A Family Farm Album: The Photographs of Frank Sadorus
at the Illinois State Museum, through August 27
Seurat and the Making of La Grande Jatte
at the Art Institute of Chicago, through September 19
Work and leisure coexist in the benevolent, fertile landscape captured by Frank Sadorus, an amateur photographer who documented his life on a farm in eastern Illinois from 1908 until 1912, just after his father died. Neoimpressionist Georges Seurat, who was actually working some 30 years earlier, also portrayed scenes of work and leisure but quite differently.
During the time these artists were practicing, the relationship between work and pleasure changed dramatically, from a fluid integration to the kind of fragmentation still characteristic of the 21st century. The industrial revolution that brought the camera to Sadorus’s farm would ultimately make the family farm untenable. Meanwhile Seurat and his contemporaries portrayed the reorganization of everyday life among people whose livelihoods were no longer connected with the land.
Sadorus took the photos now on exhibit at the Illinois State Museum with five-by-seven and eight-by-ten box cameras, much like the Black Beauty on display. He used a tripod with these large cameras and developed and printed the photographs himself, experimenting with finishes and double exposures. Scenes of harvesting and threshing alternate with shots of picnics and other outings in nearby settings. The beauty of wheat, maple leaves, and crab apple blossoms is captured in contemplative, formally striking still lifes. The spare farmhouse surrounded by trees is another frequent subject, caught in all kinds of light and weather.
Sadorus methodically studied the Kodak manuals–also on display in this deftly curated exhibit–he received in the mail. And his compositions are by the book: consider the graceful close-ups of plants covered in ice after a storm. Using such formulas produced what art theorists once classified as the beautiful, as opposed to the sublime: the effect is pastoral, domestic, and orderly, perfect for conveying the stability of preindustrial agricultural life. Like the British painter Constable, Sadorus created landscapes in which a progression of objects leads the eye from the foreground through the middle ground to the background. Despite the formulas, his images have a gravity, fullness, and depth of feeling that in hindsight hint at the losses to come. Two photographs of the harvesting and binding of wheat hauntingly preserve the grace of working the land: the wheat lends texture and pattern to the foreground; in the middle ground are two men, two horses, and two mules whose flanks are modeled by the light as they pull the binder across a field; behind is a hazy sky. Other photos document the slaughtering of pigs and hauling of manure.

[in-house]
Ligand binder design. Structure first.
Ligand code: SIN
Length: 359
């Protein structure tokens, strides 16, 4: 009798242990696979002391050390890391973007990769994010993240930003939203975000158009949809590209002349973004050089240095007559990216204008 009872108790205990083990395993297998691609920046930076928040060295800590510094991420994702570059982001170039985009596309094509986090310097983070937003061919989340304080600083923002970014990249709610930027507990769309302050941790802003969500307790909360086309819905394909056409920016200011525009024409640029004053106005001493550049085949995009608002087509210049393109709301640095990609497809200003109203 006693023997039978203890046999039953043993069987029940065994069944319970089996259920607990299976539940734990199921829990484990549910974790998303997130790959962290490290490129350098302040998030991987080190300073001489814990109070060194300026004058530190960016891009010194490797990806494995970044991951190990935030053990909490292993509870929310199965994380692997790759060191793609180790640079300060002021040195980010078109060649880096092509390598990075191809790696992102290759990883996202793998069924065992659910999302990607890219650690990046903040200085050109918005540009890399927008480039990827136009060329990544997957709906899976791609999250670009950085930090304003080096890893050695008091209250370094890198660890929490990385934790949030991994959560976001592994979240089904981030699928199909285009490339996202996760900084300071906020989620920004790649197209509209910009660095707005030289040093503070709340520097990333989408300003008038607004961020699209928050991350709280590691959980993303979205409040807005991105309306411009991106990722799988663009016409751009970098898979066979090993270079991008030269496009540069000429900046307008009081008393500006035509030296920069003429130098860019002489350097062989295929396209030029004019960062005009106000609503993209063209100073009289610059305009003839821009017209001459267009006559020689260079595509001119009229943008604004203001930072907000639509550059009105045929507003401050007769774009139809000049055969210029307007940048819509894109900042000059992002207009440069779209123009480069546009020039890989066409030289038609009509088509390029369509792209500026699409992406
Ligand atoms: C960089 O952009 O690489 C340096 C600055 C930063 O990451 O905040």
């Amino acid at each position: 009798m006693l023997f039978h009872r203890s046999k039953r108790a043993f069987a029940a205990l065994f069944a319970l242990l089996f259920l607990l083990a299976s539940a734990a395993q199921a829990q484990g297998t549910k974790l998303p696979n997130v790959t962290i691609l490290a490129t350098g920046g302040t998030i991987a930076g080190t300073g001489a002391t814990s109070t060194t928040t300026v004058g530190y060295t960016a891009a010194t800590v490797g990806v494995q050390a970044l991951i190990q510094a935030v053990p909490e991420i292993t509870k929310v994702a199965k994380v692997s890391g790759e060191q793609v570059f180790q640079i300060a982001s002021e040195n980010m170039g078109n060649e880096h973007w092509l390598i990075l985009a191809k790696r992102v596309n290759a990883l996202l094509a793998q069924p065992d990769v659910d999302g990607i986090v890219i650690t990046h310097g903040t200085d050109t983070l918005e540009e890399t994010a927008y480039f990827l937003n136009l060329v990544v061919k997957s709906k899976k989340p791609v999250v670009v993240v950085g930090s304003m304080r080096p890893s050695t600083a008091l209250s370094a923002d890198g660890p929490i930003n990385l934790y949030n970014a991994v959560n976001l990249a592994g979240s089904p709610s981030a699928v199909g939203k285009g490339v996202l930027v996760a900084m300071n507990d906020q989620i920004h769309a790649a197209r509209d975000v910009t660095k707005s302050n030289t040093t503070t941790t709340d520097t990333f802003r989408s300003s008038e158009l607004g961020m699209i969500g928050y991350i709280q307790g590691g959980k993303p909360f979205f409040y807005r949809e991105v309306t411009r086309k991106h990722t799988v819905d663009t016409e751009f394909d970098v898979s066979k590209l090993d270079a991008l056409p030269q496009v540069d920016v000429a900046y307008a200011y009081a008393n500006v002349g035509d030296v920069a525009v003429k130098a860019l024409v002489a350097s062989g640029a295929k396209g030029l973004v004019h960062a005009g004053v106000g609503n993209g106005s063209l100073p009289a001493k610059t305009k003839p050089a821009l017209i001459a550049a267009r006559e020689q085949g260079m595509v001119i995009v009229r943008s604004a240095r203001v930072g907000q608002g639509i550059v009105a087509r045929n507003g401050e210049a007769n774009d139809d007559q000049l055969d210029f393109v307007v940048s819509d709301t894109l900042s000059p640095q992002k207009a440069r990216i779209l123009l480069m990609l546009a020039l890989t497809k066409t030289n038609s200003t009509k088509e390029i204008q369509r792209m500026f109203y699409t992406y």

Sadorus’s images testify to the family’s prosperity. In one photograph among many whose subject is leisure, family members sit in a grove of hardwood trees (later sold for logging). The sense of occasion they felt about the outing is evident in their comportment and in their formal clothes. The women have on large flowered hats, the wind is blurring the leaves of the trees–it’s a long exposure–and the dappled light catches the family of nine at rest, forming a gentle arc receding along the diagonal into the background. The quality of the glass-plate negatives and the meticulous printing reveals the texture of a tree trunk in the foreground, while the angle of the light places half of each face in shadow. In a strange inverse of Seurat’s Sunday Afternoon on the Island of La Grande Jatte, the figures sit upright in a natural environment dressed in their best, but it’s a private pastoral place rather than a public park. While Seurat’s painting depicts the future, Sadorus’s lyrical photograph displays a way of life that’s about to vanish.
The sense of stability that informs these landscapes turned out to be illusory. After the farm was sold, Sadorus lived for a while in a small house in town–but soon he was committed to the Kankakee mental asylum, where he lived until his death in 1934, at the age of 54. He never took another photograph. He’d opposed the sale of the farm, and a medical report cited “excessive worry” as his pathology. The loss of the farm ended an era begun by the photographer’s great-grandfather, who’d arrived as the area’s first settler in 1824. Much later the glass-plate negatives and a few of Sadorus’s prints were found in an abandoned house and given to a local photographer, Raymond Bial, who printed all 350, then chose 66 for a 1983 book, Upon a Quiet Landscape.
Also included in the exhibit are farm tools from the Illinois State Museum collection. These clean, solid, pragmatic objects have outlasted not only their utility but people’s ability to work with them. Like the stately Black Beauty and Sadorus’s photographs, they’ve become artifacts.